AN INMATE who threw scalding hot water over a prison officer has been jailed for a further two years.

Dorchester Crown Court was told prison officer Allan Hinson was on duty at the HMP Young Offenders Institution on Portland on November 24 last year when he learned that inmate Brian Maswaya was refusing to go back to his cell.

Maswaya, a Zimbabwean national, was concerned that he had been unable to contact his brother in his home country and that his cell had no electricity.

Prosecutor Carolyn Branford-Wood said that Mr Hinson eventually persuaded the defendant to head back to his cell, when Maswaya asked if he could go and get some water for some hot drinks from the landing below.

She said he returned a few minutes later with a bucket of hot water that he then proceeded to throw at the prison officer.

Miss Branford-Wood said: “Mr Hinson turned and saw that he was pulling back the bucket, holding the handle and swinging the bucket forward.

“He instinctively turned his back to protect his face and front and felt the contents of the bucket of hot water hit him on the back and back of the neck.”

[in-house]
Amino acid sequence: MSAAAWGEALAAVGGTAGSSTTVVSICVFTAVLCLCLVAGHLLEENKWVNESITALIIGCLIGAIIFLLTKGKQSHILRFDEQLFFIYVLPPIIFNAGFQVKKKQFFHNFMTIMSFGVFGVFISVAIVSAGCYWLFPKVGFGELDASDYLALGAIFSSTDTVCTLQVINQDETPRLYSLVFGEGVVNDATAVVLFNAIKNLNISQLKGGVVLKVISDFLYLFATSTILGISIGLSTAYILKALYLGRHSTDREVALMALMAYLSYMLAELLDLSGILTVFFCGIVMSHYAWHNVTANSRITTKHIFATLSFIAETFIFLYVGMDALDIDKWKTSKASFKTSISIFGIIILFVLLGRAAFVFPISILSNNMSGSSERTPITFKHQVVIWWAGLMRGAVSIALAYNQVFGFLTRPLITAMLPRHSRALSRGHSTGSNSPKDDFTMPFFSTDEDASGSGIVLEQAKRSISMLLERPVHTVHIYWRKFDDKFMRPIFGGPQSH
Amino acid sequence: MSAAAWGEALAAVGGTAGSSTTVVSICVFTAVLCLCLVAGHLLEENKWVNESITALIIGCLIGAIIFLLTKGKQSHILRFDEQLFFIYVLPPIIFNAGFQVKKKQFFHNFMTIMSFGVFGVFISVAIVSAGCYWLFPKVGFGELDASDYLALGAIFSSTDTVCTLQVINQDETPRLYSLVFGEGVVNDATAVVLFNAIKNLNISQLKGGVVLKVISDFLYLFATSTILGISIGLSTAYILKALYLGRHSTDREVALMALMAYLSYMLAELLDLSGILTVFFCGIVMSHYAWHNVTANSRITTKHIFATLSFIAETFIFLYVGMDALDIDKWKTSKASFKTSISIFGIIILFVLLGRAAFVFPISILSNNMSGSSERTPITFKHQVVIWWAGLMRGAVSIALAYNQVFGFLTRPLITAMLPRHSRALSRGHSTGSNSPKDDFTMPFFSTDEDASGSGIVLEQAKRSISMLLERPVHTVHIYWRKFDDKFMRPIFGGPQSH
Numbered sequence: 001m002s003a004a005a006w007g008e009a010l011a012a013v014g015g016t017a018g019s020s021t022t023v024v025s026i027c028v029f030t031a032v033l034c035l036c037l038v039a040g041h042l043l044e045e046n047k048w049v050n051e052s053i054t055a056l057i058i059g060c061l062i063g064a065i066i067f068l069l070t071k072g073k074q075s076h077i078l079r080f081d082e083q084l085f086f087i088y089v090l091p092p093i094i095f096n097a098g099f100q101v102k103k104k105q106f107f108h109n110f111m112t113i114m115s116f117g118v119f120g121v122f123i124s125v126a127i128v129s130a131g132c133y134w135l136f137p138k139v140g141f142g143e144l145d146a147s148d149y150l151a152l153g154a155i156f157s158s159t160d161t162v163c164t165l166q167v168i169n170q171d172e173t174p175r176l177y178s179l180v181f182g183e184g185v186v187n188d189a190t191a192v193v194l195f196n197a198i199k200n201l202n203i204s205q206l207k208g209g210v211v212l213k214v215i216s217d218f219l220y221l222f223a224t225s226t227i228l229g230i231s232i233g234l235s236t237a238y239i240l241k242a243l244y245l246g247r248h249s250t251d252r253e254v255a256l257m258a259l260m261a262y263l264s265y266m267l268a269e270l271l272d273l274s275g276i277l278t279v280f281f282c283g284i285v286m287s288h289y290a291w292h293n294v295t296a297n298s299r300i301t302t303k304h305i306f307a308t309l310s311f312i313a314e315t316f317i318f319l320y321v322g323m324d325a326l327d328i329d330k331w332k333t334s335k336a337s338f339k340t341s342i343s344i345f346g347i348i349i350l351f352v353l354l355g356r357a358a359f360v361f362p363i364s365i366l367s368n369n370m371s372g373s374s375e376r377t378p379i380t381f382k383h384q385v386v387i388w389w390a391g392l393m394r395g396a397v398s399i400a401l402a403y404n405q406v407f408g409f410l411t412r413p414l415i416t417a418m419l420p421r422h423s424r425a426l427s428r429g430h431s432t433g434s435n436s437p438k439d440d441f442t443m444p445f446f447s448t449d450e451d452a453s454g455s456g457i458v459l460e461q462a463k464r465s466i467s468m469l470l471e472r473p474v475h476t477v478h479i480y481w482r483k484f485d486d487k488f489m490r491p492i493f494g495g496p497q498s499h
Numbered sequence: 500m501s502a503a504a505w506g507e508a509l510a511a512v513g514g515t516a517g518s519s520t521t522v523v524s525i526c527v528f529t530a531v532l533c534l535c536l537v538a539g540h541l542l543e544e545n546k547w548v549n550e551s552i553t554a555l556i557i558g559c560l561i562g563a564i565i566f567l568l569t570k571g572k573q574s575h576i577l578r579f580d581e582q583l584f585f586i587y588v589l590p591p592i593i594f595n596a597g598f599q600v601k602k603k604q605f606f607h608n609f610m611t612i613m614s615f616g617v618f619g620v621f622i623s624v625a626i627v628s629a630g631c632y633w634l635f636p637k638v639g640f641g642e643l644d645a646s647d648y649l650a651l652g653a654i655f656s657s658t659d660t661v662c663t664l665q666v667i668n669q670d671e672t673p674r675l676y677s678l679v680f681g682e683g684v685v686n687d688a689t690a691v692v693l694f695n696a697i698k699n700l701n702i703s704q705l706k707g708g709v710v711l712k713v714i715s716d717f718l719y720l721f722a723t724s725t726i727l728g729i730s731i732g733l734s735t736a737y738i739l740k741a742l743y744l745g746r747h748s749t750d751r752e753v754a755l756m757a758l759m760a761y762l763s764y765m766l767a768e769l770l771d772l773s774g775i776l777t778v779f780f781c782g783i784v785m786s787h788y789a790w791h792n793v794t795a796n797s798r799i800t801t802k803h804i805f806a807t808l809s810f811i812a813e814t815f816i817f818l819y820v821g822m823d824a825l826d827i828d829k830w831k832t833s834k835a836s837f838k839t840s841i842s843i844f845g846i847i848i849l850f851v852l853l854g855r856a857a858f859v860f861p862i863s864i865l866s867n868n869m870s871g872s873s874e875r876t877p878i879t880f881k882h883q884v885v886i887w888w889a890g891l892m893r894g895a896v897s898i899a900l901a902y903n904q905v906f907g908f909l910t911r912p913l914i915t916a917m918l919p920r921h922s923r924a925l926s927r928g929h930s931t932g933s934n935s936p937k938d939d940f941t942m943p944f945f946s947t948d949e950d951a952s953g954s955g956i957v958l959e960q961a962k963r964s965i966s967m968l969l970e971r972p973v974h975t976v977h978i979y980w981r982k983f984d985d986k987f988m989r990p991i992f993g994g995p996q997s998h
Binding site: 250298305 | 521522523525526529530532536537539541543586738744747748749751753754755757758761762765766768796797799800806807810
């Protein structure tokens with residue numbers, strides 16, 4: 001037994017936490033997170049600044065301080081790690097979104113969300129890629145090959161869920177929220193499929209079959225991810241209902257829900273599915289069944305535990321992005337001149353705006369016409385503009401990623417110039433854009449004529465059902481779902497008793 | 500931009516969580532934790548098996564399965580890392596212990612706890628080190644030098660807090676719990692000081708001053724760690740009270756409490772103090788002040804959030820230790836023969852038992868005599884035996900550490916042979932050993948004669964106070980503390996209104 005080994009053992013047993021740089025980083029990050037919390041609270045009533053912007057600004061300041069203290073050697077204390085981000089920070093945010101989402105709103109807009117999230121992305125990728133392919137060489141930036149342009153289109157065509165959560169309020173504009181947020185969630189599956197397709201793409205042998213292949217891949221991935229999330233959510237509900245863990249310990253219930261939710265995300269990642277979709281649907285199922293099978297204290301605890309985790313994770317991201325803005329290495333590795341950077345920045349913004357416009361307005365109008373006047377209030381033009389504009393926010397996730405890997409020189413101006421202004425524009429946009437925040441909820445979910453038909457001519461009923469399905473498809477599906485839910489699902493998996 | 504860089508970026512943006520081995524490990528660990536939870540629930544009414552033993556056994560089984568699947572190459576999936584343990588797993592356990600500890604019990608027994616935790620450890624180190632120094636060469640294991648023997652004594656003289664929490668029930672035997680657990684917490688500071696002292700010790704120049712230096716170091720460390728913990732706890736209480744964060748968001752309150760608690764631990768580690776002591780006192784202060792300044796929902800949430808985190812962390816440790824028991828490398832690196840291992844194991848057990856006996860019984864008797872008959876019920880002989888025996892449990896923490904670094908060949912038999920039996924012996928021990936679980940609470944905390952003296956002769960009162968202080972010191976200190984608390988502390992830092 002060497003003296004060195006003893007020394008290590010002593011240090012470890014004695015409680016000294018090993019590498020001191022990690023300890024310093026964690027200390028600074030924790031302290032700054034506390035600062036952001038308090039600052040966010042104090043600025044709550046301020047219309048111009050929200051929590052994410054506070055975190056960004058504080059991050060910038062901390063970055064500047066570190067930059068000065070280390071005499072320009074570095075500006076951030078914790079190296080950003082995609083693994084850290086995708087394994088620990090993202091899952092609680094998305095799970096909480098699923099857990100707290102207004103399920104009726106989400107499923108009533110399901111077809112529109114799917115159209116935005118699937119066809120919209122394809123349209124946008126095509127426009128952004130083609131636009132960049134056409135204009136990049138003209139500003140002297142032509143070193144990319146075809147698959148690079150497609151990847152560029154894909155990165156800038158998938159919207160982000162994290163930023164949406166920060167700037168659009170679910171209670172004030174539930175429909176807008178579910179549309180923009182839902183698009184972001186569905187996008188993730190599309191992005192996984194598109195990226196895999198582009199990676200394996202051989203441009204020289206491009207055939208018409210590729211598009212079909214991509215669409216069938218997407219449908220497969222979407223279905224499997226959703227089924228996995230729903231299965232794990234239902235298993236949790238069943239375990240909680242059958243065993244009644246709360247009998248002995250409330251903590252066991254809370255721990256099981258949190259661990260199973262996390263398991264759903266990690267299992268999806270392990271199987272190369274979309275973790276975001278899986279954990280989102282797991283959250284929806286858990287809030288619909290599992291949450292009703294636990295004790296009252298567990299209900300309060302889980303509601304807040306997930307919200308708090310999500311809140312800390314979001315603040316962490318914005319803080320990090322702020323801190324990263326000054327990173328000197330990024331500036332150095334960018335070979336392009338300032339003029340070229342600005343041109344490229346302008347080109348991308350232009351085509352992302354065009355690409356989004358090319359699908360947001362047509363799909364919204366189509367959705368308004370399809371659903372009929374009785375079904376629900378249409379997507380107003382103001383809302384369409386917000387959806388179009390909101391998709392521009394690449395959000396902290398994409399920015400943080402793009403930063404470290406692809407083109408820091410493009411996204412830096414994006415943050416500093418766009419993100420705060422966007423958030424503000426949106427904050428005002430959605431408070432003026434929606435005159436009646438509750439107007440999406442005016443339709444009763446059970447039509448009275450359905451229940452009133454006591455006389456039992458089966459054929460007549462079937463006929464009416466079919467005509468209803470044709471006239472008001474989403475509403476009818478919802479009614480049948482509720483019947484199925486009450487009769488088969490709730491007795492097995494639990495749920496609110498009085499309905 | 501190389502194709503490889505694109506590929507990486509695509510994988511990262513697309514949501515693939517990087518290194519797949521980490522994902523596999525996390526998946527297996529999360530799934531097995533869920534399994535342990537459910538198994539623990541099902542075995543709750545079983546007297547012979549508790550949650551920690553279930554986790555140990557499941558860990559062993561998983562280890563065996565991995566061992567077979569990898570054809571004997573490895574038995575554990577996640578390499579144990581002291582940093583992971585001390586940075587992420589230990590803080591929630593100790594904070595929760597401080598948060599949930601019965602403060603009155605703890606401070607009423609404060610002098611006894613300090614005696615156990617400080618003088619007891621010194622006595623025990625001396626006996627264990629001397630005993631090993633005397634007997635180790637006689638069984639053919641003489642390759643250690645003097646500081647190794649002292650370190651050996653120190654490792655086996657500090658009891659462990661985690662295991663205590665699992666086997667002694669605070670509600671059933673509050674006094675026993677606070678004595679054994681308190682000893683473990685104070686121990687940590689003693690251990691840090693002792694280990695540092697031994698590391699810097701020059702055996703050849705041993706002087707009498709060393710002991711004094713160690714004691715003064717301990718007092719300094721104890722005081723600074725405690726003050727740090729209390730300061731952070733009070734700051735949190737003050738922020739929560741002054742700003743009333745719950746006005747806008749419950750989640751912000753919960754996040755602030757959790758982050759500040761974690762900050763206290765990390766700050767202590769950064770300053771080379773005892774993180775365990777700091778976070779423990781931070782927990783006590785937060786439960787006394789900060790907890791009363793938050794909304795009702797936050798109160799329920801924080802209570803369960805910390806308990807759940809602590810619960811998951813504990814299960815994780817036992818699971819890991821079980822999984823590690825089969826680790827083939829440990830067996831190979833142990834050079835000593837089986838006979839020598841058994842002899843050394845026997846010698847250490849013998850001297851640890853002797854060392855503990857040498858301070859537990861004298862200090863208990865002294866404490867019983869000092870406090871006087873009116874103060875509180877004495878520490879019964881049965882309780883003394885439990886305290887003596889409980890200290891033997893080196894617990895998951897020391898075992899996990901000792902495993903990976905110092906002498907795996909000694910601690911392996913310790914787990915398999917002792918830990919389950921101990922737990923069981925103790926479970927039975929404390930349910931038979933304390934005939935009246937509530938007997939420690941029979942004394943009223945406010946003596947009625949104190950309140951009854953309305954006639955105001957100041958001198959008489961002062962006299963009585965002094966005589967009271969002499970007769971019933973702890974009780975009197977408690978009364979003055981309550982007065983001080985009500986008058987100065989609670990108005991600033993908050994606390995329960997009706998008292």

She said Mr Hinson pulled the nearest alarm bell and then felt more water being thrown at him, before colleagues arrived to help.

Miss Branford-Wood told the court that Mr Hinson had to take a month off work after suffering scalding burns to his back and the back of his neck.

Erinna Foley-Fisher, mitigating, said the 32-year-old defendant was keen to return to his homeland and had a history of mental health issues.

She added: “Mr Maswaya doesn’t seek in any way to disown his responsibility for his actions but there were some circumstances building up to that offence.”

Judge Roger Jarvis sentenced Maswaya, who is now at HMP Bristol, to two years in prison to be served consecutively to his current sentence.

He said he hoped measures could be put in place to transport Maswaya to his home country.

Judge Jarvis told the defendant: “It is my ambition that urgent consideration be given to the application of a voluntary return scheme so you can serve the rest of this sentence in a prison in Zimbabwe.”